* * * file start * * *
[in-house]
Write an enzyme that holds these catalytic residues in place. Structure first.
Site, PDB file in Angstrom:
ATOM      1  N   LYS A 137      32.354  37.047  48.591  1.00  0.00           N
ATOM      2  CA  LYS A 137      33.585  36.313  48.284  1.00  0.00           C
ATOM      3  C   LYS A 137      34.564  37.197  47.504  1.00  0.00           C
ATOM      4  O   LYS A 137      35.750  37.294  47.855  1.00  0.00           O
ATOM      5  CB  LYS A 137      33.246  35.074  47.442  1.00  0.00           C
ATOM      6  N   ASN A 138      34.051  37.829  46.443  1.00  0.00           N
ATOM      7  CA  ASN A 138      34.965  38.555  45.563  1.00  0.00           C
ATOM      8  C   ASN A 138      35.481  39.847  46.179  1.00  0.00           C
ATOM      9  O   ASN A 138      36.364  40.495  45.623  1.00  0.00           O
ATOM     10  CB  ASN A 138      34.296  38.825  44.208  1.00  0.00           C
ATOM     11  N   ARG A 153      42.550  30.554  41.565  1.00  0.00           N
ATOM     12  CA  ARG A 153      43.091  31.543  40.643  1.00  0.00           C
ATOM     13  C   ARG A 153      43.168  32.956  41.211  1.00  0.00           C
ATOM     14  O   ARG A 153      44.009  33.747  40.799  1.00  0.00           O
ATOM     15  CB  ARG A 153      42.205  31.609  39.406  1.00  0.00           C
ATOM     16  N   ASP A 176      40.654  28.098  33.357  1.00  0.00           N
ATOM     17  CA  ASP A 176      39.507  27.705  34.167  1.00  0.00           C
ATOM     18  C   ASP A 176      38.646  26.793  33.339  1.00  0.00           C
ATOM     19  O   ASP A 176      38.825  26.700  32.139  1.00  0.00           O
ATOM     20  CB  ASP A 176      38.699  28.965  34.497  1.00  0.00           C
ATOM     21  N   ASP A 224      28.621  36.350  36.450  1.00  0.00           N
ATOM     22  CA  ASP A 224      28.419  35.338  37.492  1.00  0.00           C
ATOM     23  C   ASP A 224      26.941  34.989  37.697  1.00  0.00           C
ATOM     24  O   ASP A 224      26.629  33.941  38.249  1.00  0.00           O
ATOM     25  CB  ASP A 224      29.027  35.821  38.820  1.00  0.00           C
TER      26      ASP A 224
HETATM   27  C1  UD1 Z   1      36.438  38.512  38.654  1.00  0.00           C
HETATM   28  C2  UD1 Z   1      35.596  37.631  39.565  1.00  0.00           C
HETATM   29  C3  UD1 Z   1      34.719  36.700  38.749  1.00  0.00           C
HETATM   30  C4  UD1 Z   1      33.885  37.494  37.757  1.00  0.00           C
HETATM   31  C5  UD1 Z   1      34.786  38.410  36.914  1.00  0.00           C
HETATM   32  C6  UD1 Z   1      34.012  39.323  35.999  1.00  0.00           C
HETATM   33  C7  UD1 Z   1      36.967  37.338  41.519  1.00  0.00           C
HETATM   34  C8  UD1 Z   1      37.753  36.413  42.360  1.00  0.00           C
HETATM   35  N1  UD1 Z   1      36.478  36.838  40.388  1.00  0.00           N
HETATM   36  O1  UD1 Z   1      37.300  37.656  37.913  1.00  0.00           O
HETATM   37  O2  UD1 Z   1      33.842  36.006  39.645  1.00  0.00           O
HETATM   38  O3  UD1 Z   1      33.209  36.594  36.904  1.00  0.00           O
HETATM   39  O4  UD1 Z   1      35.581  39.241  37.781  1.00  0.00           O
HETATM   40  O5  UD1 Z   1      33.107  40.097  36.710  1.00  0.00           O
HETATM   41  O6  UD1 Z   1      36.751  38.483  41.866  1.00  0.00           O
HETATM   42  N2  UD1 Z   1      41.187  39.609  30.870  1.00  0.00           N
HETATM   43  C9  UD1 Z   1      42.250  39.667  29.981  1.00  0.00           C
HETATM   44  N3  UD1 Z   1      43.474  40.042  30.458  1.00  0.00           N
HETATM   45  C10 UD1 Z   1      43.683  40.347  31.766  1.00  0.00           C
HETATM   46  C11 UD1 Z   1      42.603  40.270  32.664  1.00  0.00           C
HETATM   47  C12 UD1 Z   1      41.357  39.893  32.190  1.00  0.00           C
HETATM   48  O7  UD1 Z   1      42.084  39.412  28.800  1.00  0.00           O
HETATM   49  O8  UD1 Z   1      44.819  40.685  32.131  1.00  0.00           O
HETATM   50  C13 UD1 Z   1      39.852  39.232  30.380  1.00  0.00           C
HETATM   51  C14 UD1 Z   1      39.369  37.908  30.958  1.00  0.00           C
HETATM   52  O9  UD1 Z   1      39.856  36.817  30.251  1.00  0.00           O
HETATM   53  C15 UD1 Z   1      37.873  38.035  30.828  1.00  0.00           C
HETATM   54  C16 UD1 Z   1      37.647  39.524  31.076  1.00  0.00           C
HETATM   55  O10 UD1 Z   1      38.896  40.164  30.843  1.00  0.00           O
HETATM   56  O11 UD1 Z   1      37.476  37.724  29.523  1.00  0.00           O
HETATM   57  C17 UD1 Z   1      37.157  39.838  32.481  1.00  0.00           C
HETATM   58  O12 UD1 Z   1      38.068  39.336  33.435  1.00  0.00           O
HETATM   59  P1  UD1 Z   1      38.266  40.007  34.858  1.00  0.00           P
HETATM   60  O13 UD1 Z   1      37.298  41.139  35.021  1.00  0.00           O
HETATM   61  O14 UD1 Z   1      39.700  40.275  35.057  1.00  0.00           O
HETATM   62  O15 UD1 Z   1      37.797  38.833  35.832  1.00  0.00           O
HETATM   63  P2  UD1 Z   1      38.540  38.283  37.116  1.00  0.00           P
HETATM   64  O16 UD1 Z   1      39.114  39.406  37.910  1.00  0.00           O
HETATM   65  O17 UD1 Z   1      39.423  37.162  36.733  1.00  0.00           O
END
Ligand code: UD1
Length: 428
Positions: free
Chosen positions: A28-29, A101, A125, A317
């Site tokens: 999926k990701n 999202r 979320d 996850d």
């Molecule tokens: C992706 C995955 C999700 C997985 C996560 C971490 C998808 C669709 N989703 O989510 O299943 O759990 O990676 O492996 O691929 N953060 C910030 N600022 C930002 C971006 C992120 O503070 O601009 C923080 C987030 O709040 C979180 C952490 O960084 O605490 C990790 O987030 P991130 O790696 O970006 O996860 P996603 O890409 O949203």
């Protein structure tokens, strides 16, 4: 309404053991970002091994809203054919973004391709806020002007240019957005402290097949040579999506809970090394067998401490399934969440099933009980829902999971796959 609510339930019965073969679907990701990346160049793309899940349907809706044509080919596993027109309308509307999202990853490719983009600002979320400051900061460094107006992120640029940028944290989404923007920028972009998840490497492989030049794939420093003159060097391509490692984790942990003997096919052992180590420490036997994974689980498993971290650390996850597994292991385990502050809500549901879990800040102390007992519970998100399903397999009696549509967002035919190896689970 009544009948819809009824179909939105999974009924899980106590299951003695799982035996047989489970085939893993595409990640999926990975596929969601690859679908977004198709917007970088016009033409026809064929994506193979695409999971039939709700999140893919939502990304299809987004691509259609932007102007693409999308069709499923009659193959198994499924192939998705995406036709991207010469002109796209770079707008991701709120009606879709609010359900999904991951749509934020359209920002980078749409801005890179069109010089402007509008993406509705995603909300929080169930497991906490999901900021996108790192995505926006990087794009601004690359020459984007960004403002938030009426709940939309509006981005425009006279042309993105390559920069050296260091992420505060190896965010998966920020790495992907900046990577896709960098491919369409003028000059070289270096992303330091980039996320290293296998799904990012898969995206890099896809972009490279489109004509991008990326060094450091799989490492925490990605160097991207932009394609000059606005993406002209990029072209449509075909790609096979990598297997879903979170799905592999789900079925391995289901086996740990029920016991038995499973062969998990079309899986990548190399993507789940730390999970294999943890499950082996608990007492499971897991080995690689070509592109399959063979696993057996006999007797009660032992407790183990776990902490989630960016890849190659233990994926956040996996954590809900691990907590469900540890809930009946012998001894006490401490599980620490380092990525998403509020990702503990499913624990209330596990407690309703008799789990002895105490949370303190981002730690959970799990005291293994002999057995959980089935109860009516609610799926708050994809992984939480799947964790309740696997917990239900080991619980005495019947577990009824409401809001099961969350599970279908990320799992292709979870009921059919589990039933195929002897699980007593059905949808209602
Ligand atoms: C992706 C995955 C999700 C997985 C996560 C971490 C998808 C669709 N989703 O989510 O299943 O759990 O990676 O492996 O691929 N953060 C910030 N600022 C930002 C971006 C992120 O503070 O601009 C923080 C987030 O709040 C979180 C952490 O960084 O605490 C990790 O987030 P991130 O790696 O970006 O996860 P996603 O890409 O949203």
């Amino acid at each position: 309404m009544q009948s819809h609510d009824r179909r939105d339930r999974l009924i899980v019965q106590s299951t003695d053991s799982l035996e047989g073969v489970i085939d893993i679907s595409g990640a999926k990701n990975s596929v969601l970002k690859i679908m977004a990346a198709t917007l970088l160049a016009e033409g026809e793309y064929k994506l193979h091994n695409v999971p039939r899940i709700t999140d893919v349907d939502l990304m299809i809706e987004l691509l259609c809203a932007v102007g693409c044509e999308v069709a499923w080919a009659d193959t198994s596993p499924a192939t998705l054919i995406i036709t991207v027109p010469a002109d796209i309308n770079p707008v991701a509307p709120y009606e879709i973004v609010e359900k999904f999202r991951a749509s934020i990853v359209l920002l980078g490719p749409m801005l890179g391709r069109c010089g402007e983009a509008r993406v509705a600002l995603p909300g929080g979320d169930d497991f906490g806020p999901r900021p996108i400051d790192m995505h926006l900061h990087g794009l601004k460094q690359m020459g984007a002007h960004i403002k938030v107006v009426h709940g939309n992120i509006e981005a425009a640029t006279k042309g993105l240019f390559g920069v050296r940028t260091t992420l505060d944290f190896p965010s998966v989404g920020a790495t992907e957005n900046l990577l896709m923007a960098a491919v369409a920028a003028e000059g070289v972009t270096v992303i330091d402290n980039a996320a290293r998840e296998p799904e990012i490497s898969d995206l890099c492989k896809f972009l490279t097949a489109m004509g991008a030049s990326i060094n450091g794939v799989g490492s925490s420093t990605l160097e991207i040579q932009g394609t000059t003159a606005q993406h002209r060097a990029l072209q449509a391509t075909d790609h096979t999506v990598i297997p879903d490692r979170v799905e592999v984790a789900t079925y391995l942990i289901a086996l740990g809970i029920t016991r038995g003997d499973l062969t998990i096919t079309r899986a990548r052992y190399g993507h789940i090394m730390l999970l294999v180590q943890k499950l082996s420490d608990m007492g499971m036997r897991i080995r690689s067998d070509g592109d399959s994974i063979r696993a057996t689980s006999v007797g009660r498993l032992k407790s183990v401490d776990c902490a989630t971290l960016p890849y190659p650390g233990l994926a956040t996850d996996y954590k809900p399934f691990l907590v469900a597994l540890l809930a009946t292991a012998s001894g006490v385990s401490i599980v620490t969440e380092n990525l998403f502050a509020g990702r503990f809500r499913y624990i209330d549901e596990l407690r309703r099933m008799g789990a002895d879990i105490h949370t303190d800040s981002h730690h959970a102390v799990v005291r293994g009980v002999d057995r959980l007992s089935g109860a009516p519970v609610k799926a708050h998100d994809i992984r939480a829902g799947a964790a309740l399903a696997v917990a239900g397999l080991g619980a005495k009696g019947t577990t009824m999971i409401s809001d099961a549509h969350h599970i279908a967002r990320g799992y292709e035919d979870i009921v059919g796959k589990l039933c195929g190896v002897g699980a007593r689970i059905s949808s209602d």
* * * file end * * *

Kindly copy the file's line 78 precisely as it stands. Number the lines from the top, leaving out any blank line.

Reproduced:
């Amino acid at each position: 309404m009544q009948s819809h609510d009824r179909r939105d339930r999974l009924i899980v019965q106590s299951t003695d053991s799982l035996e047989g073969v489970i085939d893993i679907s595409g990640a999926k990701n990975s596929v969601l970002k690859i679908m977004a990346a198709t917007l970088l160049a016009e033409g026809e793309y064929k994506l193979h091994n695409v999971p039939r899940i709700t999140d893919v349907d939502l990304m299809i809706e987004l691509l259609c809203a932007v102007g693409c044509e999308v069709a499923w080919a009659d193959t198994s596993p499924a192939t998705l054919i995406i036709t991207v027109p010469a002109d796209i309308n770079p707008v991701a509307p709120y009606e879709i973004v609010e359900k999904f999202r991951a749509s934020i990853v359209l920002l980078g490719p749409m801005l890179g391709r069109c010089g402007e983009a509008r993406v509705a600002l995603p909300g929080g979320d169930d497991f906490g806020p999901r900021p996108i400051d790192m995505h926006l900061h990087g794009l601004k460094q690359m020459g984007a002007h960004i403002k938030v107006v009426h709940g939309n992120i509006e981005a425009a640029t006279k042309g993105l240019f390559g920069v050296r940028t260091t992420l505060d944290f190896p965010s998966v989404g920020a790495t992907e957005n900046l990577l896709m923007a960098a491919v369409a920028a003028e000059g070289v972009t270096v992303i330091d402290n980039a996320a290293r998840e296998p799904e990012i490497s898969d995206l890099c492989k896809f972009l490279t097949a489109m004509g991008a030049s990326i060094n450091g794939v799989g490492s925490s420093t990605l160097e991207i040579q932009g394609t000059t003159a606005q993406h002209r060097a990029l072209q449509a391509t075909d790609h096979t999506v990598i297997p879903d490692r979170v799905e592999v984790a789900t079925y391995l942990i289901a086996l740990g809970i029920t016991r038995g003997d499973l062969t998990i096919t079309r899986a990548r052992y190399g993507h789940i090394m730390l999970l294999v180590q943890k499950l082996s420490d608990m007492g499971m036997r897991i080995r690689s067998d070509g592109d399959s994974i063979r696993a057996t689980s006999v007797g009660r498993l032992k407790s183990v401490d776990c902490a989630t971290l960016p890849y190659p650390g233990l994926a956040t996850d996996y954590k809900p399934f691990l907590v469900a597994l540890l809930a009946t292991a012998s001894g006490v385990s401490i599980v620490t969440e380092n990525l998403f502050a509020g990702r503990f809500r499913y624990i209330d549901e596990l407690r309703r099933m008799g789990a002895d879990i105490h949370t303190d800040s981002h730690h959970a102390v799990v005291r293994g009980v002999d057995r959980l007992s089935g109860a009516p519970v609610k799926a708050h998100d994809i992984r939480a829902g799947a964790a309740l399903a696997v917990a239900g397999l080991g619980a005495k009696g019947t577990t009824m999971i409401s809001d099961a549509h969350h599970i279908a967002r990320g799992y292709e035919d979870i009921v059919g796959k589990l039933c195929g190896v002897g699980a007593r689970i059905s949808s209602d």